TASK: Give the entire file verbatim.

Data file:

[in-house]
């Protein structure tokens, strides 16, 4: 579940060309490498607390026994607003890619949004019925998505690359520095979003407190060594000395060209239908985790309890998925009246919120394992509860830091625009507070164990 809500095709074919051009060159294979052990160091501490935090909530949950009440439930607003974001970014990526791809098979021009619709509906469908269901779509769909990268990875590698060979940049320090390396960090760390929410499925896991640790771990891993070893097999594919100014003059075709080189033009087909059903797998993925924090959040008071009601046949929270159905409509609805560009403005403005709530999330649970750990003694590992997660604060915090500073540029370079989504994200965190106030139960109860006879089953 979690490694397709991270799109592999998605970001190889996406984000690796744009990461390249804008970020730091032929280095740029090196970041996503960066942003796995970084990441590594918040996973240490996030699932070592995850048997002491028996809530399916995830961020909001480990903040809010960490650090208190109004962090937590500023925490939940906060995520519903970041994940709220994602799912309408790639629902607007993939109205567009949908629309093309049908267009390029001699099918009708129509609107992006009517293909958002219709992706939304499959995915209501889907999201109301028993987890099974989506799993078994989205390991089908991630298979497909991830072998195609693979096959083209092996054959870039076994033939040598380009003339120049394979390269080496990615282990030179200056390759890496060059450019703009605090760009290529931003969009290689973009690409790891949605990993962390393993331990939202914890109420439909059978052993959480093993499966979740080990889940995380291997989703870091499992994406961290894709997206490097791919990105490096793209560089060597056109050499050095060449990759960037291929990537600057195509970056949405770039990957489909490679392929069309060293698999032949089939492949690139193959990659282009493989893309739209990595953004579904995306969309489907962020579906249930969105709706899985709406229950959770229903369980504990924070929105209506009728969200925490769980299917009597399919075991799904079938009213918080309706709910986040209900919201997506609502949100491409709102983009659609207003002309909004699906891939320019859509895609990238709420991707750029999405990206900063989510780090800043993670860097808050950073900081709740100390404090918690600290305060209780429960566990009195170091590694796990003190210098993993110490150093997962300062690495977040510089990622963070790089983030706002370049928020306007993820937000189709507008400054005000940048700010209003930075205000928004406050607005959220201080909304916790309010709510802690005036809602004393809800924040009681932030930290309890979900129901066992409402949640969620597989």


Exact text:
[in-house]
């Protein structure tokens, strides 16, 4: 579940060309490498607390026994607003890619949004019925998505690359520095979003407190060594000395060209239908985790309890998925009246919120394992509860830091625009507070164990 809500095709074919051009060159294979052990160091501490935090909530949950009440439930607003974001970014990526791809098979021009619709509906469908269901779509769909990268990875590698060979940049320090390396960090760390929410499925896991640790771990891993070893097999594919100014003059075709080189033009087909059903797998993925924090959040008071009601046949929270159905409509609805560009403005403005709530999330649970750990003694590992997660604060915090500073540029370079989504994200965190106030139960109860006879089953 979690490694397709991270799109592999998605970001190889996406984000690796744009990461390249804008970020730091032929280095740029090196970041996503960066942003796995970084990441590594918040996973240490996030699932070592995850048997002491028996809530399916995830961020909001480990903040809010960490650090208190109004962090937590500023925490939940906060995520519903970041994940709220994602799912309408790639629902607007993939109205567009949908629309093309049908267009390029001699099918009708129509609107992006009517293909958002219709992706939304499959995915209501889907999201109301028993987890099974989506799993078994989205390991089908991630298979497909991830072998195609693979096959083209092996054959870039076994033939040598380009003339120049394979390269080496990615282990030179200056390759890496060059450019703009605090760009290529931003969009290689973009690409790891949605990993962390393993331990939202914890109420439909059978052993959480093993499966979740080990889940995380291997989703870091499992994406961290894709997206490097791919990105490096793209560089060597056109050499050095060449990759960037291929990537600057195509970056949405770039990957489909490679392929069309060293698999032949089939492949690139193959990659282009493989893309739209990595953004579904995306969309489907962020579906249930969105709706899985709406229950959770229903369980504990924070929105209506009728969200925490769980299917009597399919075991799904079938009213918080309706709910986040209900919201997506609502949100491409709102983009659609207003002309909004699906891939320019859509895609990238709420991707750029999405990206900063989510780090800043993670860097808050950073900081709740100390404090918690600290305060209780429960566990009195170091590694796990003190210098993993110490150093997962300062690495977040510089990622963070790089983030706002370049928020306007993820937000189709507008400054005000940048700010209003930075205000928004406050607005959220201080909304916790309010709510802690005036809602004393809800924040009681932030930290309890979900129901066992409402949640969620597989």